• What does your hair smell like?
  • This tie is made of real baby seal pelt!
  • I’m not a crazy cat person. It takes at least 10 cats for that, and I only have 8.
  • I’m pretty sure the moon landing was a hoax.
  • Come on, don’t you read the science? Vaccines cause autism!
  • Want to hear about my kidney stone experience?
  • If climate change were real, it would never be snowing out.
  • You should meet my parents! And look, they’re right over at that table!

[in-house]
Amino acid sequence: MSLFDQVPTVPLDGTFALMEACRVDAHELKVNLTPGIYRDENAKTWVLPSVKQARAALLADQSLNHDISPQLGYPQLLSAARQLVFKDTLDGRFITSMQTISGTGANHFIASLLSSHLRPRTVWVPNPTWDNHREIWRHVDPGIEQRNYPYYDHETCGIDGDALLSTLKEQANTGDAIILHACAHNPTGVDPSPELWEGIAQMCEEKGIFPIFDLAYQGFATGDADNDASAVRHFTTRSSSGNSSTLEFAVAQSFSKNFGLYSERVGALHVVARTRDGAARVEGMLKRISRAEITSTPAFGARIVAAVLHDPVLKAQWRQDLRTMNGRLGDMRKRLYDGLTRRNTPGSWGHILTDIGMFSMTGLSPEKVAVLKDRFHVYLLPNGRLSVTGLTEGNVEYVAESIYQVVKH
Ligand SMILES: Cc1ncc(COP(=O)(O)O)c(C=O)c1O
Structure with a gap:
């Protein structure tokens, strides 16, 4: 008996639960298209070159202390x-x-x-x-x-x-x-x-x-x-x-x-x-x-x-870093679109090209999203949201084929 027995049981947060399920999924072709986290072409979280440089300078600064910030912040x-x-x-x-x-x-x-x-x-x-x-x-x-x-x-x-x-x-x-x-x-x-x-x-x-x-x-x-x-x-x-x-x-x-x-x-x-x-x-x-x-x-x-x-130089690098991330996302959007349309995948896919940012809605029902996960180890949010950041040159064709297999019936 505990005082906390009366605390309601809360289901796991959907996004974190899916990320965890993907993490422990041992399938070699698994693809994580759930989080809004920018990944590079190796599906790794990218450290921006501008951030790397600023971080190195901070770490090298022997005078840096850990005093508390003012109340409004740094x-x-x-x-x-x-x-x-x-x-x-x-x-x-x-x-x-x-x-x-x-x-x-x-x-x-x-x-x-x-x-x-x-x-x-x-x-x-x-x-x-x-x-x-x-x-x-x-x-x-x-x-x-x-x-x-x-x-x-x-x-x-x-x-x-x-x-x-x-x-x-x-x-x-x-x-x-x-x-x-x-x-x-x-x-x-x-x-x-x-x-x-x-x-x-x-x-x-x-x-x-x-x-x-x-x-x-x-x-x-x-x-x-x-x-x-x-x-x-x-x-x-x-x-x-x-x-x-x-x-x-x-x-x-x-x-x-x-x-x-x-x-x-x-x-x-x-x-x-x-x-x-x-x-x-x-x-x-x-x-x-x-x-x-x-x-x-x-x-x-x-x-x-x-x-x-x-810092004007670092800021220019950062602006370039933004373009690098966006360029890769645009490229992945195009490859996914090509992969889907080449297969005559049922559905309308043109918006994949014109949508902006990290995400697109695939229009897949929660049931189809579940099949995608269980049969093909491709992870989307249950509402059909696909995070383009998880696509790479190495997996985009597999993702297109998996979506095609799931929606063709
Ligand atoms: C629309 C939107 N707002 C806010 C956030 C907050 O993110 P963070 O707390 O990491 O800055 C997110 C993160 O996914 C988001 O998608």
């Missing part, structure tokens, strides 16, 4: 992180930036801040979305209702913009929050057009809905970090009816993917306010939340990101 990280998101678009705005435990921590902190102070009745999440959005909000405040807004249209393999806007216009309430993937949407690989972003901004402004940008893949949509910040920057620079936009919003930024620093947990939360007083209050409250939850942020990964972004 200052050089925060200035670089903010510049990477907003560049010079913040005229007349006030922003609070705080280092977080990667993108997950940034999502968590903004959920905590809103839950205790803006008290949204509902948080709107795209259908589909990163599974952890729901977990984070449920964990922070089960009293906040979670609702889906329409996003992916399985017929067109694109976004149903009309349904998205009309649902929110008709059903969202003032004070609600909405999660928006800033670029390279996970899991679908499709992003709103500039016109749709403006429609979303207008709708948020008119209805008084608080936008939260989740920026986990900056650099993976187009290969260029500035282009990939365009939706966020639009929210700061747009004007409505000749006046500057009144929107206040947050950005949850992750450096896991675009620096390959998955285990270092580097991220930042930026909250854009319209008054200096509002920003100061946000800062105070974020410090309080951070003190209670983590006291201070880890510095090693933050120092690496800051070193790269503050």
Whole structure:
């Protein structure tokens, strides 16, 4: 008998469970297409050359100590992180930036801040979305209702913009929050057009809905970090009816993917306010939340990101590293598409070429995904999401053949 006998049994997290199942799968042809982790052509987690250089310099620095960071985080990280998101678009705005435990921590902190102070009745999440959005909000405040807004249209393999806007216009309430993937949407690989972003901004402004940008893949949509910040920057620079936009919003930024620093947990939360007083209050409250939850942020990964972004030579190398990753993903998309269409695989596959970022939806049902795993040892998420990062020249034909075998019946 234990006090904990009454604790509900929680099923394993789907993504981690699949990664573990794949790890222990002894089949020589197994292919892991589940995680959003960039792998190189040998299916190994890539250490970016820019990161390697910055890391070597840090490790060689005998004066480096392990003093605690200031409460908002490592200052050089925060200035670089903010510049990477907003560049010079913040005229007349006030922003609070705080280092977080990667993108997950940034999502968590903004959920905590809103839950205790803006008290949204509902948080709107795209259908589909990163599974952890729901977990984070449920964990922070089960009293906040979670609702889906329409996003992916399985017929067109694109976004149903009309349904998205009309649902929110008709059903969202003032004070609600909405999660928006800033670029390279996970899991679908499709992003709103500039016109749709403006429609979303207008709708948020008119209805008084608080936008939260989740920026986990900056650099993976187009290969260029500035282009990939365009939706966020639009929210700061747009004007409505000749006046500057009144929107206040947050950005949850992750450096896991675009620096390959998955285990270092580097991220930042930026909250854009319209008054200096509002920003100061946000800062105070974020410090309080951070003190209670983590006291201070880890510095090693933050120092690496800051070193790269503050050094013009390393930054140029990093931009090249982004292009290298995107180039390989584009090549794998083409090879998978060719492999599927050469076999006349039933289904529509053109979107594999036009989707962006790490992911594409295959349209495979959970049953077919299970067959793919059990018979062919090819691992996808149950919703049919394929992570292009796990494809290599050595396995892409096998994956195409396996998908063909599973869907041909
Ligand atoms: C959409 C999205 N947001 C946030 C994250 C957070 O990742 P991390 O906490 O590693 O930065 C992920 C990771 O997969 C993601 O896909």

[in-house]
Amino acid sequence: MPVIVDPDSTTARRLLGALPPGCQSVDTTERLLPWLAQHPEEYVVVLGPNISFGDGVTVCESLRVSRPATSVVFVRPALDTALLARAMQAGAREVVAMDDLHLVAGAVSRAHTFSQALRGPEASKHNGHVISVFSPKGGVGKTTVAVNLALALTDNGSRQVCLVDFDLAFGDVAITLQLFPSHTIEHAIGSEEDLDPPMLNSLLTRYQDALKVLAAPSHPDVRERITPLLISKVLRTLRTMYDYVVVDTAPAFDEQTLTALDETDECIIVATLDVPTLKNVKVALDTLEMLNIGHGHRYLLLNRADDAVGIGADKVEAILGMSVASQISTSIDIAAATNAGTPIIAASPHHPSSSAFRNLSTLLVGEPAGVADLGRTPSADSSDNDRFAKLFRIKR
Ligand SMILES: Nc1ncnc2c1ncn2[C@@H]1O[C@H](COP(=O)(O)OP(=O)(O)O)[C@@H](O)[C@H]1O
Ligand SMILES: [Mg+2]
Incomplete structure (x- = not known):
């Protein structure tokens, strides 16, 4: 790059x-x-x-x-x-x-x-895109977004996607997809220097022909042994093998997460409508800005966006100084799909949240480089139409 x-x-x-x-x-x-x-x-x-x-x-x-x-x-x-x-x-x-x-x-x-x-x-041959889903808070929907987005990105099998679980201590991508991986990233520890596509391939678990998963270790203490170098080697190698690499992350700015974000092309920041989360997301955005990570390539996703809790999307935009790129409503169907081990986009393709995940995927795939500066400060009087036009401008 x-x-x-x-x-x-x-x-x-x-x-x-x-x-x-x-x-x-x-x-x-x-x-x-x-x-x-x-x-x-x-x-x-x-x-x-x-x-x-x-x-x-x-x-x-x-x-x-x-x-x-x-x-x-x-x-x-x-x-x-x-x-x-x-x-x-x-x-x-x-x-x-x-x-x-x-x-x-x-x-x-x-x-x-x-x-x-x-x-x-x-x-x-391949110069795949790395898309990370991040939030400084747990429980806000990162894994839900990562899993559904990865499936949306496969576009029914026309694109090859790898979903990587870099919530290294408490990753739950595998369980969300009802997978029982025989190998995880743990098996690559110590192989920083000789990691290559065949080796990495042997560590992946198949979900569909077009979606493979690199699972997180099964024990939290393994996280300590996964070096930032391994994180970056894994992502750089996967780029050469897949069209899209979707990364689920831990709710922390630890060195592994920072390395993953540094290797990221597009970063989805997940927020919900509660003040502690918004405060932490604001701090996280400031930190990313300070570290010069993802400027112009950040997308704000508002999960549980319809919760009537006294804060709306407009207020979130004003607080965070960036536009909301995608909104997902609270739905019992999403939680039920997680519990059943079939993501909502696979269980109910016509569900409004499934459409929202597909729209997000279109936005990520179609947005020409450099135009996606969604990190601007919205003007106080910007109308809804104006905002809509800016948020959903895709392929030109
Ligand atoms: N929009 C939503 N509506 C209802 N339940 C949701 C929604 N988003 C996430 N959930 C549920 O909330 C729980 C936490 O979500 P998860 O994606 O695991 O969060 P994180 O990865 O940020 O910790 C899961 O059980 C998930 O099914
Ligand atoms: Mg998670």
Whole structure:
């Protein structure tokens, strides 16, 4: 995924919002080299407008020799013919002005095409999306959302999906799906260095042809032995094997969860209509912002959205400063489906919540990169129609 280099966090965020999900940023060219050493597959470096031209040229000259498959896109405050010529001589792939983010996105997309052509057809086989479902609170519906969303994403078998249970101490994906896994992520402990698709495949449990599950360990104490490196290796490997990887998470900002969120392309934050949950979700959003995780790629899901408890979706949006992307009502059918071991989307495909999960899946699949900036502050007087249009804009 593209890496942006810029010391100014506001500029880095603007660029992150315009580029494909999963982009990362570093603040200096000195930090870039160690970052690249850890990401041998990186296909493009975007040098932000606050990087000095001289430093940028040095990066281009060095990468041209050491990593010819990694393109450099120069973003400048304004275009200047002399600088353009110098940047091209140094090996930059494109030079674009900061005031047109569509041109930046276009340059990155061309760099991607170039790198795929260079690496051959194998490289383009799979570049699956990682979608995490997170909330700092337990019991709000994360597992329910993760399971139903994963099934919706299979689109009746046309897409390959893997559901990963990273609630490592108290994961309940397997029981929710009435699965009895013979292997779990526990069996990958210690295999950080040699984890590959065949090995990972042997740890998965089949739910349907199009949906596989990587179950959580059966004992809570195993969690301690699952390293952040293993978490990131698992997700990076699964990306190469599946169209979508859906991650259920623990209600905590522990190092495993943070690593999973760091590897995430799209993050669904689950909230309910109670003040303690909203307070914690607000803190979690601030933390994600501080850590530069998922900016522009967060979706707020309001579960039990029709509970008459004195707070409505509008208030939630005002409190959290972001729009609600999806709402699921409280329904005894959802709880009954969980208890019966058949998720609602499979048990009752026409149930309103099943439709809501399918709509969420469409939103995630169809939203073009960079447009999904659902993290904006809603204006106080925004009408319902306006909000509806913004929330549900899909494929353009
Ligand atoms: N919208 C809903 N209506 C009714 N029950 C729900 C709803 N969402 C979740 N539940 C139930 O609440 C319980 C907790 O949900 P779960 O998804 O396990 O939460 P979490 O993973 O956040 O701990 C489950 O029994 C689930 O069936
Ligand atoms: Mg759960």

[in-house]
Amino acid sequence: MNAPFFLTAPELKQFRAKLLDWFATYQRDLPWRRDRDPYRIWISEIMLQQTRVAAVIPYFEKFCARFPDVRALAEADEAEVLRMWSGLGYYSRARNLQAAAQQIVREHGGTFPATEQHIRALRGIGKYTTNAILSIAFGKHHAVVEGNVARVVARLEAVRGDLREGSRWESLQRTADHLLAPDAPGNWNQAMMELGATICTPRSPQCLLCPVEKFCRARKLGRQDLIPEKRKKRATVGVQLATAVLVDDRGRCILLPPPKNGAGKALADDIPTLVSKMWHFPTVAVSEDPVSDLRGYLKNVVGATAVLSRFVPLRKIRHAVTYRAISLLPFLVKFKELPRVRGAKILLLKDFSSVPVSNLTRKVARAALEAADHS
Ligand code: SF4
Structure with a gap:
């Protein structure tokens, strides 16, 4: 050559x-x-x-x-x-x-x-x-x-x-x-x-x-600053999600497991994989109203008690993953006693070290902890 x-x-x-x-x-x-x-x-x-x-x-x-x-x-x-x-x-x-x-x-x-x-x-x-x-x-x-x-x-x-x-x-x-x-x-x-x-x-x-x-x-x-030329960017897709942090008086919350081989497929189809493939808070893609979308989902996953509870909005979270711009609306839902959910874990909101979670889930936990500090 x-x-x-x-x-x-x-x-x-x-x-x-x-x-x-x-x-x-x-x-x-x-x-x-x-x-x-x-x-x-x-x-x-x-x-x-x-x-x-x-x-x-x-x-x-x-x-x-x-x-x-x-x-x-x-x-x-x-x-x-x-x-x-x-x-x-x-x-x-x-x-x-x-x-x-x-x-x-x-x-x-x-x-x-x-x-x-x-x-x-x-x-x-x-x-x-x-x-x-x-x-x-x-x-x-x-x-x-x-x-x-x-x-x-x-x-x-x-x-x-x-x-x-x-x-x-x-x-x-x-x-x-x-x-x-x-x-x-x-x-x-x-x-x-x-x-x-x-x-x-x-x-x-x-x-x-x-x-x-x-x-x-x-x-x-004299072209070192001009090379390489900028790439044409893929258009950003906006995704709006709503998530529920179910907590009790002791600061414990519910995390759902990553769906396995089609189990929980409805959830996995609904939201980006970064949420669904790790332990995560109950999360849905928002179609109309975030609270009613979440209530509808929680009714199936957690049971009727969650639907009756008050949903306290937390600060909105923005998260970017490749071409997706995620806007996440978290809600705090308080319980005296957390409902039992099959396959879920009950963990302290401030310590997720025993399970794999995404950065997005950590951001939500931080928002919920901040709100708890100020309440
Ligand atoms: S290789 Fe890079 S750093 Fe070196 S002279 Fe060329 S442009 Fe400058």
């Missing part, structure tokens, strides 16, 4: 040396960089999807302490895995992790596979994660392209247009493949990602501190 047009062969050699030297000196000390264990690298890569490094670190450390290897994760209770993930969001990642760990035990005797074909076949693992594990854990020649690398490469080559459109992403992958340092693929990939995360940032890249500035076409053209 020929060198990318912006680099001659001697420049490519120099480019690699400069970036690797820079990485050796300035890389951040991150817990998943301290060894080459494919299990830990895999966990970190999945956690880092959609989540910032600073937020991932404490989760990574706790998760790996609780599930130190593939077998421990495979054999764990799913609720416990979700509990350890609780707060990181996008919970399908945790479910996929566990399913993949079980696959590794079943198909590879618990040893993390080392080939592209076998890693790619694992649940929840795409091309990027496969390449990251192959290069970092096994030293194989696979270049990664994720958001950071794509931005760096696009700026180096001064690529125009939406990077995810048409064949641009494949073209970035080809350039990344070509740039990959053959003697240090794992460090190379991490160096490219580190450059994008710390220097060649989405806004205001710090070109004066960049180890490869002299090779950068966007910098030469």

• Well, I’m currently married, but it’s just a green card marriage so it doesn’t count.
  • Does this rag smell like chloroform to you?
  • You sure you want to order that? It has a lot of calories, and you probably don’t need them…
  • I like that shirt on you! It’s a lot better than the one you wore last night when you were sleeping.
  • Sorry to rush you, but I have another date after this one.
  • I’m gluten-free, dairy-free, meat-free, egg-free and sugar-free. Also I’m allergic to water, but I take a pill for that.